Atlanta Journal-Constitution via AP
Putnam County sheriff's deputies lead Andrea Sneiderman from her parents' home on Lake Oconee near Eatonton, Ga., after arresting her Thursday.
Updated at 2:08 p.m. ET: Andrea Sneiderman, the widow of a businessman who was gunned down by her former boss outside a Georgia day care center, was charged Thursday with murder and other crimes connected to the slaying.
Prosecutors contend she conspired with her then-supervisor, with whom she was allegedly having an affair, to have her husband killed so she could collect on $2 million in life insurance policies.
A team of Putnam County and DeKalb County law officers went to Sneiderman’s home in Eatonton, Ga., and took her into custody Thursday morning.
The arrest occurred after a DeKalb County grand jury returned an indictment on charges of malice murder, attempted murder, racketeering, insurance fraud, two counts of perjury and two counts of making false statements.
DeKalb County District Attorney Robert James announced the charges at an afternoon press conference but refused to elaborate on the nature of the evidence.
"Our collective goal is to continue to seek justice and preserve the public safety of our community, not only for the Sneiderman family but for anyone who has lost a loved one because of a violent crime," he said.
James said the arrest was the result of several months' work. "We’re going to put all the facts and the evidence out there and at the end of the day it’s going to be up to a jury to make a decision in this case," he said.
The jury in the Dunwoody day care murder trial found defendant Hemy Newman guilty but mentally ill in the shooting of Rusty Sneiderman, but the victim's family tells TODAY they still want answers. NBC's Dennis Murphy reports.
Sneiderman, a 36-year-old mother of two, was booked Thursday into the DeKalb County Jail. She will likely be arraigned within the next month, James said.
Sneiderman's attorney, J. Tom Morgan, said she "categorically" denies the charges.
"There's no way we can know what evidence was presented in secret chamber. That's why we have juries, and people who know nothing about this case will be able to make a decision at that time," Morgan said.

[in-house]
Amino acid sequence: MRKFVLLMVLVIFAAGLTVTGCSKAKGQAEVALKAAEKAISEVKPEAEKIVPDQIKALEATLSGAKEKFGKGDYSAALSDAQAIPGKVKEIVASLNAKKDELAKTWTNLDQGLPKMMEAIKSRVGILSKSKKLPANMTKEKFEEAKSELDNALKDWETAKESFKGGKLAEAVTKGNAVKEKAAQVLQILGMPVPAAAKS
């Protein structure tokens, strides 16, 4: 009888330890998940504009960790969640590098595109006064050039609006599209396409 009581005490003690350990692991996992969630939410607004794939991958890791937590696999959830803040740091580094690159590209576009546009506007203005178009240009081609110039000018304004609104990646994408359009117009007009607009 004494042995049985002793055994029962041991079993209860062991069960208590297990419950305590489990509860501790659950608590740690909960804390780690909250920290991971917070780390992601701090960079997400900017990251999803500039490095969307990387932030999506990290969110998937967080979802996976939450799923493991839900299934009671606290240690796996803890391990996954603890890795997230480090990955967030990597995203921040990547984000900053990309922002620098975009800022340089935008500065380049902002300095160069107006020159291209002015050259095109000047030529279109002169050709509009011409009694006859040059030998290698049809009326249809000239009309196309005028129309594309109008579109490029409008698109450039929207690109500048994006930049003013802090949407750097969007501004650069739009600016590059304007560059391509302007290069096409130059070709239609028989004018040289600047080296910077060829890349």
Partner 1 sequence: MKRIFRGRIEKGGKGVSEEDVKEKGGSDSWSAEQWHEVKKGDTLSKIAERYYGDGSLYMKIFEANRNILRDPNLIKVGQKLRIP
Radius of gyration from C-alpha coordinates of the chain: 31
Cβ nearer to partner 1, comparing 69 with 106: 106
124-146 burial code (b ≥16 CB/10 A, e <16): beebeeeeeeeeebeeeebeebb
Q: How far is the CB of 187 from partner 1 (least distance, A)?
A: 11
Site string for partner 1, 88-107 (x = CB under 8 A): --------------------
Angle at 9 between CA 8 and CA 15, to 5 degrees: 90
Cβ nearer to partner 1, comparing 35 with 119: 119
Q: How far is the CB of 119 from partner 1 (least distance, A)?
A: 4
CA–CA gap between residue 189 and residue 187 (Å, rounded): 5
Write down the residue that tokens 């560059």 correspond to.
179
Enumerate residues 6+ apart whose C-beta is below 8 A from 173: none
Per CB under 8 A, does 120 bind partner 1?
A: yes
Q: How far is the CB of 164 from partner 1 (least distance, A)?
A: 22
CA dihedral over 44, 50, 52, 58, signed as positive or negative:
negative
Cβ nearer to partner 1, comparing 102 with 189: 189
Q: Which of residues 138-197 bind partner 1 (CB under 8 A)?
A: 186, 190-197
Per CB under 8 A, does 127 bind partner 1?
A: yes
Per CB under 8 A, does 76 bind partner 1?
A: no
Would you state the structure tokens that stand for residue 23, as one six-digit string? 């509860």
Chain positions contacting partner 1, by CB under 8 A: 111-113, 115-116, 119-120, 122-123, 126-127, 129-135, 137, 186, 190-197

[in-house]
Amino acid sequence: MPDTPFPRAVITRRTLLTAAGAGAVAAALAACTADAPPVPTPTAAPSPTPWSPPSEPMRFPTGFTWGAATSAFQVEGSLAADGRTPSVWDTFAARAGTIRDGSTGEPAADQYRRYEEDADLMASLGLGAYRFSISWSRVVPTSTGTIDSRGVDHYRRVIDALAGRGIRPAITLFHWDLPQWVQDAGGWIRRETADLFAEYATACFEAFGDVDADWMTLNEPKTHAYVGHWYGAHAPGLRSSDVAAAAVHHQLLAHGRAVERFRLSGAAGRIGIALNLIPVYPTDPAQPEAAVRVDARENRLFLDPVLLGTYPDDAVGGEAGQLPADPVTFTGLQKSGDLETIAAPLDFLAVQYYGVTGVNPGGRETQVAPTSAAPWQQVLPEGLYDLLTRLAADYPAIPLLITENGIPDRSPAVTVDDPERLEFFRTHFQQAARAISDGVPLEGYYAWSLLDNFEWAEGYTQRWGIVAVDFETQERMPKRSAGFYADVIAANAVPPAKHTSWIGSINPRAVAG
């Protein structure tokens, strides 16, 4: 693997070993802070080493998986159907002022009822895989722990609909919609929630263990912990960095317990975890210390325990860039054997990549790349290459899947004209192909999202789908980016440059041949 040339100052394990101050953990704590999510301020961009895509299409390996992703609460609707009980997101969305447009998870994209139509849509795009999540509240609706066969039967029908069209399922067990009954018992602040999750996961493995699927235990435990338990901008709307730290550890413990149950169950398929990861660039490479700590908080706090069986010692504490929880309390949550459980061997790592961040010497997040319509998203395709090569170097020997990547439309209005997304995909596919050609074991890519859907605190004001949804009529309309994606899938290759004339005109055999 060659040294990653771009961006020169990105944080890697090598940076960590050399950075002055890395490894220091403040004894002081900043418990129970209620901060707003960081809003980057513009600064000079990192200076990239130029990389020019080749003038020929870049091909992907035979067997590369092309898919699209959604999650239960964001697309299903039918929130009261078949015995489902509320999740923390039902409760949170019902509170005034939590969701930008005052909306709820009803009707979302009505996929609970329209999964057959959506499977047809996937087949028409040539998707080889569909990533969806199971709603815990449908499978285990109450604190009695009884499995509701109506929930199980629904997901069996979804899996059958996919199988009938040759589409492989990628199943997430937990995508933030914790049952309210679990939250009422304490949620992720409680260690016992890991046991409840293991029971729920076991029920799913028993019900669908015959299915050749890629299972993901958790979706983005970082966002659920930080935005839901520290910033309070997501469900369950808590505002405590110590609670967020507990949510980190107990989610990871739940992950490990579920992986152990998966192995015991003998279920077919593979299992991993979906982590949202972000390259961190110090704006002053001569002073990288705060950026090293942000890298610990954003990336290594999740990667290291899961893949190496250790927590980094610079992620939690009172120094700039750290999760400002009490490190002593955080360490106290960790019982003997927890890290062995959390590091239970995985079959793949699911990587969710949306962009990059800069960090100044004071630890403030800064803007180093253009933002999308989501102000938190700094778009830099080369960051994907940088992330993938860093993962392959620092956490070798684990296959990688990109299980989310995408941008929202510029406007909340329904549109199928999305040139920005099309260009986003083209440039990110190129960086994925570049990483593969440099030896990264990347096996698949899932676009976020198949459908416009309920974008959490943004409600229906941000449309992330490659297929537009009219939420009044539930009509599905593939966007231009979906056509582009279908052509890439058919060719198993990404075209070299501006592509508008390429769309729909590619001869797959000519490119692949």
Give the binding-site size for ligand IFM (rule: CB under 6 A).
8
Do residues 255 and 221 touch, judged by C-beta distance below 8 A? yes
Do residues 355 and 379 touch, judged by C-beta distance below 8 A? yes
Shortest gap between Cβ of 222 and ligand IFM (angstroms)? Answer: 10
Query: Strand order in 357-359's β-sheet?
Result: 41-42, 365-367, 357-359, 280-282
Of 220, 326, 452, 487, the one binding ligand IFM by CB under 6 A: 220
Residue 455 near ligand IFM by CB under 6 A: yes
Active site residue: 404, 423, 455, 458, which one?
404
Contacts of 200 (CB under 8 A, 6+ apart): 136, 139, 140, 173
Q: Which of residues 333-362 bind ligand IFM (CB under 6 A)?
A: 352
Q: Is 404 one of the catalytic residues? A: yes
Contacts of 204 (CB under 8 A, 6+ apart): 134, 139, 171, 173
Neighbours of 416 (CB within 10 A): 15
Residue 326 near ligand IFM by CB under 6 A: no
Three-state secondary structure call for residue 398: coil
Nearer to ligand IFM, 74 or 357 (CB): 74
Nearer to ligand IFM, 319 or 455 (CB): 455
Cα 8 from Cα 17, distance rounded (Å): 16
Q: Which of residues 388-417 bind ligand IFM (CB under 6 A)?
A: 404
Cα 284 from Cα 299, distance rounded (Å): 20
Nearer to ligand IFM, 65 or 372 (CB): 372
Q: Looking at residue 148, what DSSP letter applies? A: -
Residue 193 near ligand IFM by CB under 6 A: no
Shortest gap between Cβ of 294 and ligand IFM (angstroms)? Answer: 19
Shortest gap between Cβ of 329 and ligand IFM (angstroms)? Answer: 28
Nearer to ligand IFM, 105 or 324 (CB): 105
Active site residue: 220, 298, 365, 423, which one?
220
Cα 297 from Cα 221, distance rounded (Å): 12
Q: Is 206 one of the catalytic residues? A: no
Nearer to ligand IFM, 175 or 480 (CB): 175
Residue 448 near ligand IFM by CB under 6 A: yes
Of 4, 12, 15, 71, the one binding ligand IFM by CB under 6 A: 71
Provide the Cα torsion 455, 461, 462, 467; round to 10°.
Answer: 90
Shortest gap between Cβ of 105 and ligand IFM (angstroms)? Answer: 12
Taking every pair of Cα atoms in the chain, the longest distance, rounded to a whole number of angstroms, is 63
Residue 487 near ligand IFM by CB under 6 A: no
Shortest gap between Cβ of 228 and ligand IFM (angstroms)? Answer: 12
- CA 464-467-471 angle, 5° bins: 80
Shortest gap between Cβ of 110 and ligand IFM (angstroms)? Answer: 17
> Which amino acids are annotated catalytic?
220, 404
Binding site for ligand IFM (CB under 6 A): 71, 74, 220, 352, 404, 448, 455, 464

Rusty Sneiderman was shot to death on the morning of Nov. 18, 2010, after he dropped off his son at a Dunwoody day care facility.
The case drew national attention after authorities arrested Hemy Neuman, Andrea Sneiderman's boss at the General Electric complex in Marietta, and charged him with the slaying.
At trial earlier this year, Neuman was found guilty but mentally ill after acknowledging he shot Rusty Sneiderman multiple times.
Prosecutors contended Neuman and Andrea Sneiderman were having an affair and Neuman wanted to get rid of his romantic rival. Andrea Sneiderman testified that they never did more than hold hands.
Neuman is serving a term of life without parole at the Georgia Diagnostic and Classification Center in Jackson.
In June, Andrea Sneiderman filed a wrongful death lawsuit against Neuman. She formally denied being his co-conspirator and said in the lawsuit that Neuman acted alone.
The indictment returned Thursday against Andrea Sneiderman alleges she plotted with Neuman to have her husband killed so she could acquire his money and property. Rusty Sneiderman had two life insurance policies with a combined payout value of $2 million and individual and joint accounts totaling more than $960,000.
“Neuman and Andrea Sneiderman conspired together to murder Rusty Sneiderman so that they could enjoy a life together, eliminate Neuman’s debt problems, and fully benefit from the assets the Sneidermans had acquired as well as the proceeds of Rusty Sneiderman’s life insurance policies,” the indictment says.
During their affair, Andrea Sneiderman and Neuman took business trips together and Neuman asked her to be with him forever and to marry him, prosecutors allege.
On the morning of the slaying, Neuman disguised himself with a fake beard, drove to the Dunwoody day care in a rented van and shot Rusty Sneiderman four times with a handgun.
Andrea Sneiderman collected on the death benefits of her husband’s life insurance policies a few months after the murder, according to the indictment.
NBC News' Edgar Zuniga Jr. contributed to this story.
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